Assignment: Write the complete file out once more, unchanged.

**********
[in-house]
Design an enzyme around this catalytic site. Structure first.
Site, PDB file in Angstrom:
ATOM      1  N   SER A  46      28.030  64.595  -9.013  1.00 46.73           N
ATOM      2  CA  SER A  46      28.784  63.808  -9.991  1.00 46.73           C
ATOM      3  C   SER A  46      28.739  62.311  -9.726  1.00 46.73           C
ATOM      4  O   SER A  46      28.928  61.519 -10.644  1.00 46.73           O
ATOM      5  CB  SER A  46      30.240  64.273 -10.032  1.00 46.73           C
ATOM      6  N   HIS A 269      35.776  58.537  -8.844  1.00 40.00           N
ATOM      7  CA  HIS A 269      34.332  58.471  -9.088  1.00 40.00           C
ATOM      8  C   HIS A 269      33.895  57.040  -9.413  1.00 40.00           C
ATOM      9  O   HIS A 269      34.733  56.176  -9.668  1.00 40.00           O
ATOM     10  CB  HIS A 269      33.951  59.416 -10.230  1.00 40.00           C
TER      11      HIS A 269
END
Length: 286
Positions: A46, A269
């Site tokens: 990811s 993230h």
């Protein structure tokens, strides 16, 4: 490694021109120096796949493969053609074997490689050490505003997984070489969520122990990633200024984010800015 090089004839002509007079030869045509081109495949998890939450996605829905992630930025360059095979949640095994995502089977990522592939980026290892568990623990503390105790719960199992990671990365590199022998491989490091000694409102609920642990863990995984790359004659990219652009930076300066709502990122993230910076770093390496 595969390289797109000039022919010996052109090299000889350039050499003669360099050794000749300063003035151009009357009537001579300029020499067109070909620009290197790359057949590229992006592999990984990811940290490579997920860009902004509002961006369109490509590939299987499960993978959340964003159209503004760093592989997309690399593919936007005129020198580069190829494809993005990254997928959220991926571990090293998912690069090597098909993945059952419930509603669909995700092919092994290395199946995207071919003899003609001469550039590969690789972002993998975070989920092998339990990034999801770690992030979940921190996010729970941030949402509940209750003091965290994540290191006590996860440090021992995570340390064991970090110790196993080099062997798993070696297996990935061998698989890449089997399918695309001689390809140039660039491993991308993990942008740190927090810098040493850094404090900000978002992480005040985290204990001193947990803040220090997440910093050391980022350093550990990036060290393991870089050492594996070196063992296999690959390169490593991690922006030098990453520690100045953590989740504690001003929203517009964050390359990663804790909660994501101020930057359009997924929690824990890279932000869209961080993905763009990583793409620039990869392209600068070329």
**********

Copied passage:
[in-house]
Design an enzyme around this catalytic site. Structure first.
Site, PDB file in Angstrom:
ATOM      1  N   SER A  46      28.030  64.595  -9.013  1.00 46.73           N
ATOM      2  CA  SER A  46      28.784  63.808  -9.991  1.00 46.73           C
ATOM      3  C   SER A  46      28.739  62.311  -9.726  1.00 46.73           C
ATOM      4  O   SER A  46      28.928  61.519 -10.644  1.00 46.73           O
ATOM      5  CB  SER A  46      30.240  64.273 -10.032  1.00 46.73           C
ATOM      6  N   HIS A 269      35.776  58.537  -8.844  1.00 40.00           N
ATOM      7  CA  HIS A 269      34.332  58.471  -9.088  1.00 40.00           C
ATOM      8  C   HIS A 269      33.895  57.040  -9.413  1.00 40.00           C
ATOM      9  O   HIS A 269      34.733  56.176  -9.668  1.00 40.00           O
ATOM     10  CB  HIS A 269      33.951  59.416 -10.230  1.00 40.00           C
TER      11      HIS A 269
END
Length: 286
Positions: A46, A269
């Site tokens: 990811s 993230h």
């Protein structure tokens, strides 16, 4: 490694021109120096796949493969053609074997490689050490505003997984070489969520122990990633200024984010800015 090089004839002509007079030869045509081109495949998890939450996605829905992630930025360059095979949640095994995502089977990522592939980026290892568990623990503390105790719960199992990671990365590199022998491989490091000694409102609920642990863990995984790359004659990219652009930076300066709502990122993230910076770093390496 595969390289797109000039022919010996052109090299000889350039050499003669360099050794000749300063003035151009009357009537001579300029020499067109070909620009290197790359057949590229992006592999990984990811940290490579997920860009902004509002961006369109490509590939299987499960993978959340964003159209503004760093592989997309690399593919936007005129020198580069190829494809993005990254997928959220991926571990090293998912690069090597098909993945059952419930509603669909995700092919092994290395199946995207071919003899003609001469550039590969690789972002993998975070989920092998339990990034999801770690992030979940921190996010729970941030949402509940209750003091965290994540290191006590996860440090021992995570340390064991970090110790196993080099062997798993070696297996990935061998698989890449089997399918695309001689390809140039660039491993991308993990942008740190927090810098040493850094404090900000978002992480005040985290204990001193947990803040220090997440910093050391980022350093550990990036060290393991870089050492594996070196063992296999690959390169490593991690922006030098990453520690100045953590989740504690001003929203517009964050390359990663804790909660994501101020930057359009997924929690824990890279932000869209961080993905763009990583793409620039990869392209600068070329």